5 Ways To Comfort Kids Who Have A Fear Of Ghosts

Everything a child is seeing or hearing is telling them that they’re in danger. The trick for parents, then, is to work with their child's mind rather than fight it.

by Alison Zeidman
Originally Published: 
A scared child hiding her face under blankets in bed.

Can kids see ghosts? It depends on who you ask, but what’s certain is that children with a phobia of ghosts can sense them everywhere — in creaking floors, shadows cast by trees, and in the odd aches of a home. For these children, ghosts are real, and therefore their fear of ghosts is real too. Kids seeing ghosts see them because, well, that’s what they think they see.

There’s a good reason for a child’s fear. It’s all in their minds. This’s not to say you can explain their fear away. You can’t. Developmentally, a young child gets frightened because everything they are seeing and hearing is telling them that they’re in real and present danger. The trick for parents, then, is in working with their child’s mind rather than fighting it.

Kids have the same fear triggers as adults, but they’re dialed up to 11, says Margee Kerr, Ph.D., a sociologist and author of Scream: Chilling Adventures in the Science of Fear. “Their imaginations can be really powerful and get the best of them,” she says. “They can’t make rational arguments yet, so that lack of ability to make sense of things can contribute to monster stories becoming really scary — because they can’t figure out what’s real.”

Fortunately, there are a few things you can do besides handing them a proton pack and wishing them good luck.

Stay On Topic During The Talk

Much like talking about where babies come from, talking about where ghosts come from can open up a whole containment unit of issues. “If your kid all of a sudden starts asking about ghosts and what happens when we die, stay consistent in whatever the child’s worldview is,” says Kerr. “If the family has never engaged in those religious ideas before, go more into imaginative play realm.”

That means you have two options: Tell them to go ask their Sunday school teacher, or just tell them that ghosts spend their lives in a weird realm where they can see but never taste ice cream, all because they didn’t listen to their parents.

Don’t Invalidate Their Fear Of Ghosts

The first thing you absolutely should not do when your kid starts freaking out about ghosts is tell them they’re not real. Invalidating their fears will get you nowhere. “The worst thing to tell a kid is ‘Don’t be scared,’” says Kerr. “You’re basically telling a kid that their experience is wrong, and that can lead to all kinds of pathology down the road.”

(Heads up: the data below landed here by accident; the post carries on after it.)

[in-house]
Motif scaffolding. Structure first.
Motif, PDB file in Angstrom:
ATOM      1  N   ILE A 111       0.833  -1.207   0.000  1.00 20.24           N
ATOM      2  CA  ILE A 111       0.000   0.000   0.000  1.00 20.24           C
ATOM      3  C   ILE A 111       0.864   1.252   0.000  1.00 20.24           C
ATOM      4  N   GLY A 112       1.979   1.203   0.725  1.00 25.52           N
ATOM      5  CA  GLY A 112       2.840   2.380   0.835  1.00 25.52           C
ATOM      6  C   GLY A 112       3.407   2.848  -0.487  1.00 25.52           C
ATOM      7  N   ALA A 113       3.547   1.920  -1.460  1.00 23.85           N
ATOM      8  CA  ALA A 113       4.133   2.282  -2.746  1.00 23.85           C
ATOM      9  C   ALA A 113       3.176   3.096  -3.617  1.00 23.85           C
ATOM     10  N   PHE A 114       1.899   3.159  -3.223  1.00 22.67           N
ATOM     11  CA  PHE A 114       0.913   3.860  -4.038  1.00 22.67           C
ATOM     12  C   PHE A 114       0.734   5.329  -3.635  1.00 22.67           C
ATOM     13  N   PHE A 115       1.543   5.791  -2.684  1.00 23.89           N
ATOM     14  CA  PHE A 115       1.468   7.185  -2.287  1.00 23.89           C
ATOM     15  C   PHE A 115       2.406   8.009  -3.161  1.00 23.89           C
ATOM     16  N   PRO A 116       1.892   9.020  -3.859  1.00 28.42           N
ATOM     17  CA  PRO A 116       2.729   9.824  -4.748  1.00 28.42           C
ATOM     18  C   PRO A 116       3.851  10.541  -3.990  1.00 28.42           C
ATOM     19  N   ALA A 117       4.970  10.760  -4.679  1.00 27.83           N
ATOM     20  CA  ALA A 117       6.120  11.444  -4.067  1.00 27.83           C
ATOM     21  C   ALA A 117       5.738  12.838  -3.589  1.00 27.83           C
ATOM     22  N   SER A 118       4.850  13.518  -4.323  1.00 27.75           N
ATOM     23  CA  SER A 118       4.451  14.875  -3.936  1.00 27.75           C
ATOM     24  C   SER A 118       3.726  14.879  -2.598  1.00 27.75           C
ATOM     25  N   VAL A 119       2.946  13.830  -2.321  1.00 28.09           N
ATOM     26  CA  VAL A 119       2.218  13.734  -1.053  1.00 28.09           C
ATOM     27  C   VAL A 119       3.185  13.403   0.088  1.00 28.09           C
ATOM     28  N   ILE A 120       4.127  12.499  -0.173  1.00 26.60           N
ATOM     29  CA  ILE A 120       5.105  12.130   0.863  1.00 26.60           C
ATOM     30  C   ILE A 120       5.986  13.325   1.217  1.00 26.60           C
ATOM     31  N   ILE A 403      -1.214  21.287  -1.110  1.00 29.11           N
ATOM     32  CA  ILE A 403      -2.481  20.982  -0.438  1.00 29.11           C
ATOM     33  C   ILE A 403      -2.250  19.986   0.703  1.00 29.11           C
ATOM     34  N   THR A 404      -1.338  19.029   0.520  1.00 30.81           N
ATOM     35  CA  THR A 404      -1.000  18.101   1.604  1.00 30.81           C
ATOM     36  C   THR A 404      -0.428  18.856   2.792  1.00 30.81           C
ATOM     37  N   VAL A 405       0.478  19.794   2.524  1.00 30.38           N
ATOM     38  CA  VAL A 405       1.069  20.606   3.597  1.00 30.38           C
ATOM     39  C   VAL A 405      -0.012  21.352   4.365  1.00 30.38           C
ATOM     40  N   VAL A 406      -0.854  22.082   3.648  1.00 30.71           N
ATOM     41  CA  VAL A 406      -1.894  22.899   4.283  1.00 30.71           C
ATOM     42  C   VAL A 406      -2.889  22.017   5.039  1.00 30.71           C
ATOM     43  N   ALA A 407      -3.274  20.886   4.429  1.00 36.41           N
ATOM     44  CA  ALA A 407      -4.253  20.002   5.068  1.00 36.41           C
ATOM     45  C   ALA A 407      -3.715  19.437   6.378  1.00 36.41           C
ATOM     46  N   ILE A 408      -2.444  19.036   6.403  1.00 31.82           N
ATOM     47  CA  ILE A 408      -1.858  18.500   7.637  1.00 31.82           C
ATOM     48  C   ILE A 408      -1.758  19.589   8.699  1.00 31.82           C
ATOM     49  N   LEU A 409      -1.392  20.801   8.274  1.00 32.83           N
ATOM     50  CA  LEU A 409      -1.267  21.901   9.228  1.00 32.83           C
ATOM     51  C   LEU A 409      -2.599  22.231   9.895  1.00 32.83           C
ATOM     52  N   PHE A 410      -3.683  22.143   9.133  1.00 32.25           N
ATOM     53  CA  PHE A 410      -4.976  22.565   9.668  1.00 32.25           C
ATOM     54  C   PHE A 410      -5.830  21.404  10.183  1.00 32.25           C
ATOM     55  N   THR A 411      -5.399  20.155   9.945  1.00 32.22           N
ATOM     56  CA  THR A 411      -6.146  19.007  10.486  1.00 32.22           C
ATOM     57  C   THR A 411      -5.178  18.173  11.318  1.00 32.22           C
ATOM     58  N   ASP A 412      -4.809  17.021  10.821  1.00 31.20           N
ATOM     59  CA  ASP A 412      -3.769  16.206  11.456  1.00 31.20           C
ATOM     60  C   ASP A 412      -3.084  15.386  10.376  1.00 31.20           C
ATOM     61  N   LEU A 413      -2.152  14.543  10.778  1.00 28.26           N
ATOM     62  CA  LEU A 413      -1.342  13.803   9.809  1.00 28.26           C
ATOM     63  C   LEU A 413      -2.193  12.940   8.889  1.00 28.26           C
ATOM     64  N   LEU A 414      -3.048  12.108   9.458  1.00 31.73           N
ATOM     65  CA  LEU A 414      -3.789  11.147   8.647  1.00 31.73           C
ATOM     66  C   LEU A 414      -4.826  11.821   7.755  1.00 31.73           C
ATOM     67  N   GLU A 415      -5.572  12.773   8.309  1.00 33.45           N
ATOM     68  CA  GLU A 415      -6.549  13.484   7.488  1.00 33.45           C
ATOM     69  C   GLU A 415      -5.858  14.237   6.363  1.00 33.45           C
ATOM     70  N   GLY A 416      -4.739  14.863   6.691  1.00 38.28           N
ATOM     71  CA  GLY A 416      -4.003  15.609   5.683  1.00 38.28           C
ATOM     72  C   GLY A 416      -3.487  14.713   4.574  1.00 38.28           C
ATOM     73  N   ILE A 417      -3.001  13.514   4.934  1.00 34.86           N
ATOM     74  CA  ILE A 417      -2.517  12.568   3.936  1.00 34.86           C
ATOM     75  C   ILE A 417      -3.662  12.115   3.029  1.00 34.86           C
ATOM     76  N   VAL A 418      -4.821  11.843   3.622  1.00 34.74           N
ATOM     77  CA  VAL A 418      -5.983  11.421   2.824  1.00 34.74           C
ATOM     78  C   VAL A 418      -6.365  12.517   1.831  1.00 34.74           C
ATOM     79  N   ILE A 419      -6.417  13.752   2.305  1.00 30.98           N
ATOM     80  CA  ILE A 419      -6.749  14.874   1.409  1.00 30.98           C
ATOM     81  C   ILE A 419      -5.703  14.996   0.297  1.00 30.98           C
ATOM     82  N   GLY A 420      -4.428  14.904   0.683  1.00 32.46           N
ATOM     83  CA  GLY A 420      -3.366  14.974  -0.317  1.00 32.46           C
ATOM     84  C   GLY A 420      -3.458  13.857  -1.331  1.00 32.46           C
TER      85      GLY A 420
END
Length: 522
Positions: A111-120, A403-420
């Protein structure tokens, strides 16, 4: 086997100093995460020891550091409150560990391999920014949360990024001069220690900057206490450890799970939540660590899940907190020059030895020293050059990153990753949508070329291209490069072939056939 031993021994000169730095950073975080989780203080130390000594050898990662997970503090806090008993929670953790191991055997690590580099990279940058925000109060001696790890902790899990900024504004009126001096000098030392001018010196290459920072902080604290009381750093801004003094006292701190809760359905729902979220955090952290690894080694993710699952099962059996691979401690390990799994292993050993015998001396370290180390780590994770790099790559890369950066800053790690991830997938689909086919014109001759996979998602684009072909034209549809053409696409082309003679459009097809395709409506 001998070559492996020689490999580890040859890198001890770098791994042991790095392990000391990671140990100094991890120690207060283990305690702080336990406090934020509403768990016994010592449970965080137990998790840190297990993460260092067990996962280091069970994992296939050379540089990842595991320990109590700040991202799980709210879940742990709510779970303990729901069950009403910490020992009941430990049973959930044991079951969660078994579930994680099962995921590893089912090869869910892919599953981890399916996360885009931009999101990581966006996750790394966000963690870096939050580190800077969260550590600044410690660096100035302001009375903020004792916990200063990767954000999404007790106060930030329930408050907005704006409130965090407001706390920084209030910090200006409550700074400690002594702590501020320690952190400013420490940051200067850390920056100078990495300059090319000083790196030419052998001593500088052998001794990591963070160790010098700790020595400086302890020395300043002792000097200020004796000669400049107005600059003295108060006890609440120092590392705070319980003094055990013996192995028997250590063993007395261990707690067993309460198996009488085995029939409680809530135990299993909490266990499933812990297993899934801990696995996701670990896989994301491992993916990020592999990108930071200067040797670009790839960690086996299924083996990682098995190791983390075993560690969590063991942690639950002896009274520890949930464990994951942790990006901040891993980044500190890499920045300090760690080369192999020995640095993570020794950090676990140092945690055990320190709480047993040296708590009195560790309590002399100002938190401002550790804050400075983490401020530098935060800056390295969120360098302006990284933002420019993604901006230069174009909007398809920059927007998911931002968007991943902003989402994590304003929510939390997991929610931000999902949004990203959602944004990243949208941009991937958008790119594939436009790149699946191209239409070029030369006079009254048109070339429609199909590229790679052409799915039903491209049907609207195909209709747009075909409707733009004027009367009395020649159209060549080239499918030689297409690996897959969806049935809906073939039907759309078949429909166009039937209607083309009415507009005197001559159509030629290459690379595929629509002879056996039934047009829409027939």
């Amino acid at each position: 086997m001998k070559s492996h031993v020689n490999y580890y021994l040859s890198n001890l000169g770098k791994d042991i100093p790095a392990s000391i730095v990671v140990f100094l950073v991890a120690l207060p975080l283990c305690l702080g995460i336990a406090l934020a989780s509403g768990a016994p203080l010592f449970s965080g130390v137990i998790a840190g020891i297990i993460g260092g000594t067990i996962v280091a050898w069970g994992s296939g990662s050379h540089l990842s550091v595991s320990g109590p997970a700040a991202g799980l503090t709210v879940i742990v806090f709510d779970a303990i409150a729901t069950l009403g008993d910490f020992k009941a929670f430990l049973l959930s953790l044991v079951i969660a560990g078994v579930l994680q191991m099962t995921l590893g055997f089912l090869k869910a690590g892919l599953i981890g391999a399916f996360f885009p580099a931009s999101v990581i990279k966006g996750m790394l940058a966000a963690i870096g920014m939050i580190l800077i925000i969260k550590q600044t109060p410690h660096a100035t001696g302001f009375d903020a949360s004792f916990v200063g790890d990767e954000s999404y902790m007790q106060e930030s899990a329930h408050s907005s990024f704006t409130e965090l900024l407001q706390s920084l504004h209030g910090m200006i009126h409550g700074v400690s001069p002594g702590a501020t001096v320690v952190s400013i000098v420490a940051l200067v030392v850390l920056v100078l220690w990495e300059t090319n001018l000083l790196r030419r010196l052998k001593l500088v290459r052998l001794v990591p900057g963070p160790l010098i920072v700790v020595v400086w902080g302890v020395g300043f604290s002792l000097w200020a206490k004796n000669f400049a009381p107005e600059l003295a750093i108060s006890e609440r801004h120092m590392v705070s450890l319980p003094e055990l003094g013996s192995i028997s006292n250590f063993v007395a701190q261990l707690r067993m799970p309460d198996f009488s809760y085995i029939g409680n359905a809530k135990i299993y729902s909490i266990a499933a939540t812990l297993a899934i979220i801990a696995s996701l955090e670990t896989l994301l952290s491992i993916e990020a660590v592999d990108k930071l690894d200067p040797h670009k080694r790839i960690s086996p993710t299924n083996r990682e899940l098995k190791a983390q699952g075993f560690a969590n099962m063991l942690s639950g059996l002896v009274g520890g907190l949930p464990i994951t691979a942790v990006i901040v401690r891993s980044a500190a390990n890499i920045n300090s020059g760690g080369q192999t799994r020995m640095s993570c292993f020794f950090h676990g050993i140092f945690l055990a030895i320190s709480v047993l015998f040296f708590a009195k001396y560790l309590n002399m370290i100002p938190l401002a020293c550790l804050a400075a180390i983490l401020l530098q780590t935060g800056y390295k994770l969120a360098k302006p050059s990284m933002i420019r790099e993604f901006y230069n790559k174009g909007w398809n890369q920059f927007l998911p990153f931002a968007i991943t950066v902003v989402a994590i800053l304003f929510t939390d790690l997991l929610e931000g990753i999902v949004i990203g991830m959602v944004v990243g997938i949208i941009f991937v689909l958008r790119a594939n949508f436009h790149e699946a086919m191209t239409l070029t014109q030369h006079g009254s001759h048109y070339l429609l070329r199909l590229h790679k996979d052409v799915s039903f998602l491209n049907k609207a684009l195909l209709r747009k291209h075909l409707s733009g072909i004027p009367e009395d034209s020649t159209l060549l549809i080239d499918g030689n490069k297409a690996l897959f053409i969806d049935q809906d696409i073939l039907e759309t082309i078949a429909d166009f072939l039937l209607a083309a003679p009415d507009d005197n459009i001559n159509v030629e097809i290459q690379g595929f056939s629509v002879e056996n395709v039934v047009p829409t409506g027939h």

Let them believe in ghosts — like Santa or the Easter Bunny — until they reach the age when they call bullshit. “Or, they can decide they do believe in ghosts,” she says. If it’s the latter, they can always have a lucrative career on basic cable.

You Can’t Cheat (The Conversation About) Death

The topic will come up again and again — especially when there’s a death in the family — because this topic is as mysterious and terrifying for kids as it is for your middle-aged brain. The first step is to tailor the message to their age. Often parents sidestep the question by saying the deceased “went away” or “went to sleep for a while.” That can actually increase a kid’s anxiety because they’ll ask follow-up questions like, “When are they coming back?” or “What happens if I just never go to sleep?”

Younger kids may not understand the idea of permanence, so if you’re talking to a 3-year-old, try making the example concrete without talking about the great beyond. Like flowers — when they die they don’t need water or sunshine anymore, they just go back to the dirt. Same with grandma.

With older kids, they want to know what’s going to happen to you. “Most times when kids are asking about death, they want to understand that they’re going to be protected and safe, and that even if their parents die it doesn’t mean that they’re going to be alone,” says Kerr.

Help Kids Face Their Fears

“Don’t try to teach them that fear is avoidable. Acknowledge the fear and ask them questions about what they’re feeling and experiencing. That way they’ll learn that the way to move through something scary is to think and talk about it,” says Kerr.

“Having kids draw their monsters or ghosts has shown to be really helpful. You can even have them make a story around it, and guide that story to one that has a positive or playful ending.” Or you can just buy a book that has a happy ending.

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